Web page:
More than two decades of experience in academic medicine, healthcare technology and the start-up world have prepared Chantal Kerssens well for running a dynamic, sustainable operation that uses science to develop and deliver cutting-edge products and services to those in need. She is extremely proud of the CIDI team and the difference they all make in the lives of people born, living, and aging with disabilities. Designing for everyone rather than the happy few is the right thing to do.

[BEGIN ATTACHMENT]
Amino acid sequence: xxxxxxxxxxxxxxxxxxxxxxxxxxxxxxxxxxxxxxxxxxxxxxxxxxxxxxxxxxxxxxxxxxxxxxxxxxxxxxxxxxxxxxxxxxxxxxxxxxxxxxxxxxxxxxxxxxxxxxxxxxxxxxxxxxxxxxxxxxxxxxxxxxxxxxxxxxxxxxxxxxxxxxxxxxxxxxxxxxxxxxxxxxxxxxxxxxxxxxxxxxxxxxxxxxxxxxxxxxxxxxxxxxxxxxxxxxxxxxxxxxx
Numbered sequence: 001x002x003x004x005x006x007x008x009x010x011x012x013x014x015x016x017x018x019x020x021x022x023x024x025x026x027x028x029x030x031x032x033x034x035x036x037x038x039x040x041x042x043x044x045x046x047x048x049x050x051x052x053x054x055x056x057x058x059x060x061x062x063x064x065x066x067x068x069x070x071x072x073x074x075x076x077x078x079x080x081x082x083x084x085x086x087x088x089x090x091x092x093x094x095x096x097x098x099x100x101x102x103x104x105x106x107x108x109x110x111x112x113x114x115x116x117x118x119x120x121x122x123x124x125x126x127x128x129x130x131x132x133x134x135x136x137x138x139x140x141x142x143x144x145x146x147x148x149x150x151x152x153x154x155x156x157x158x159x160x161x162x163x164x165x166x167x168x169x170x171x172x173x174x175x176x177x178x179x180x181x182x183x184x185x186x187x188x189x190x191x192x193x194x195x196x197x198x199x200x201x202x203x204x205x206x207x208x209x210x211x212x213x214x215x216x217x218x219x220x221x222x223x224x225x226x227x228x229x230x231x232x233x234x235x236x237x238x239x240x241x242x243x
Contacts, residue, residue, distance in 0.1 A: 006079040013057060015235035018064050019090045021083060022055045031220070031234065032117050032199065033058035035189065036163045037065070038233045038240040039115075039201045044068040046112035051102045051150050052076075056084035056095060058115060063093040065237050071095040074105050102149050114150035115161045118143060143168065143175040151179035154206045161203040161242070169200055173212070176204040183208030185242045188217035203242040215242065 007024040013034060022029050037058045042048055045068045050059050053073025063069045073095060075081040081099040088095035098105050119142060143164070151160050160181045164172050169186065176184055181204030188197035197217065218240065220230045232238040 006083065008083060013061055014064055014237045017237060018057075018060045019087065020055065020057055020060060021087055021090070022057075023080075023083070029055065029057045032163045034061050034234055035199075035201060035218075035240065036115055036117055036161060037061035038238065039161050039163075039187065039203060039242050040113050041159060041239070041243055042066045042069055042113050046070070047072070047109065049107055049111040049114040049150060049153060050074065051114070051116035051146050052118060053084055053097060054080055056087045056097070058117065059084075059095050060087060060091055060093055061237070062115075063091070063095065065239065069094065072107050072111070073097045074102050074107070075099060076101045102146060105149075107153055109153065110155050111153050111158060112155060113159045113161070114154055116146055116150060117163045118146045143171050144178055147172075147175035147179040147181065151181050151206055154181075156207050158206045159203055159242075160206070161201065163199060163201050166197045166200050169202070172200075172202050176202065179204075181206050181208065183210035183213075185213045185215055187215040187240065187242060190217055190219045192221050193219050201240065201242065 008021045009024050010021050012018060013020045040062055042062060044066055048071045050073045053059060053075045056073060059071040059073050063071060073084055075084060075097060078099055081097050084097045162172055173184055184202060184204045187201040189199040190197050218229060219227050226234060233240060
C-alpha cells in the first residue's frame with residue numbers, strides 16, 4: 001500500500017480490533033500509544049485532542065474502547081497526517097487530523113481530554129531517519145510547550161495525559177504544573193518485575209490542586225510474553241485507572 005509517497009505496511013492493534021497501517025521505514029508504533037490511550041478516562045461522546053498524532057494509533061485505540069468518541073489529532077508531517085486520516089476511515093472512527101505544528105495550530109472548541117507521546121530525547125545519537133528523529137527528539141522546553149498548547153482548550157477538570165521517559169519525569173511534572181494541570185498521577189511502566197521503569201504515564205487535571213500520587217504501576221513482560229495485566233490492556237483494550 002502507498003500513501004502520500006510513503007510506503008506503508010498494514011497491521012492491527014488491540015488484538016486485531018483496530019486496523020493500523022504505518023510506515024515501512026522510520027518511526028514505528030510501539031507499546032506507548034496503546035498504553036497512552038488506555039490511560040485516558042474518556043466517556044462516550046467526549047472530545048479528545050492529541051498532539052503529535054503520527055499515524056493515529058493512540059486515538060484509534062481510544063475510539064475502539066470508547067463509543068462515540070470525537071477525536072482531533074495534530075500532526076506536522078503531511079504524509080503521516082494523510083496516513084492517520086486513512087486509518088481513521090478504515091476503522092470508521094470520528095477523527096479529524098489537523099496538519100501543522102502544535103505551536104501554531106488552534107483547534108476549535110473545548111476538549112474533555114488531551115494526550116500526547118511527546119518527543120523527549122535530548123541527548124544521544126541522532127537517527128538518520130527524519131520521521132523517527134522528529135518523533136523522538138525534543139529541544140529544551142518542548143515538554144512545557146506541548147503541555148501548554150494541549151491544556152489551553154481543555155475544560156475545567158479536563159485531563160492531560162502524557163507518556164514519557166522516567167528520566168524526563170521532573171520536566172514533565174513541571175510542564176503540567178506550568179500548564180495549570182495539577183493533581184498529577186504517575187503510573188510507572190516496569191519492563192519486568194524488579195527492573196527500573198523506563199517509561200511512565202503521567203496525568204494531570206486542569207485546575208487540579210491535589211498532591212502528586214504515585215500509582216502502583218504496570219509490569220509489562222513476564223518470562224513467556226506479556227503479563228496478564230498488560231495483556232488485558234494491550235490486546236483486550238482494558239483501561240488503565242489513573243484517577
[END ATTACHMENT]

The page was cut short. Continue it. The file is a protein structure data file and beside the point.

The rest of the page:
During the last decade, Kerssens immersed herself in the intersection of technology and accessibility. Through working with mobile technologies designed for older adults (including caregivers and those with disabilities), she found that inclusivity is often not a part of early design or research cycles. As a result, she said, CIDI’s mission to assure access for all people is highly motivating.
Kerssens spent the last five years running eyiapp, a digital health consulting business. Previously she was the vice president of research and clinical innovation for SimpleC, a tech startup that developed assistive technologies for older adults with dementia. She was also an assistant professor at the Emory School of Medicine, where she conducted human memory research.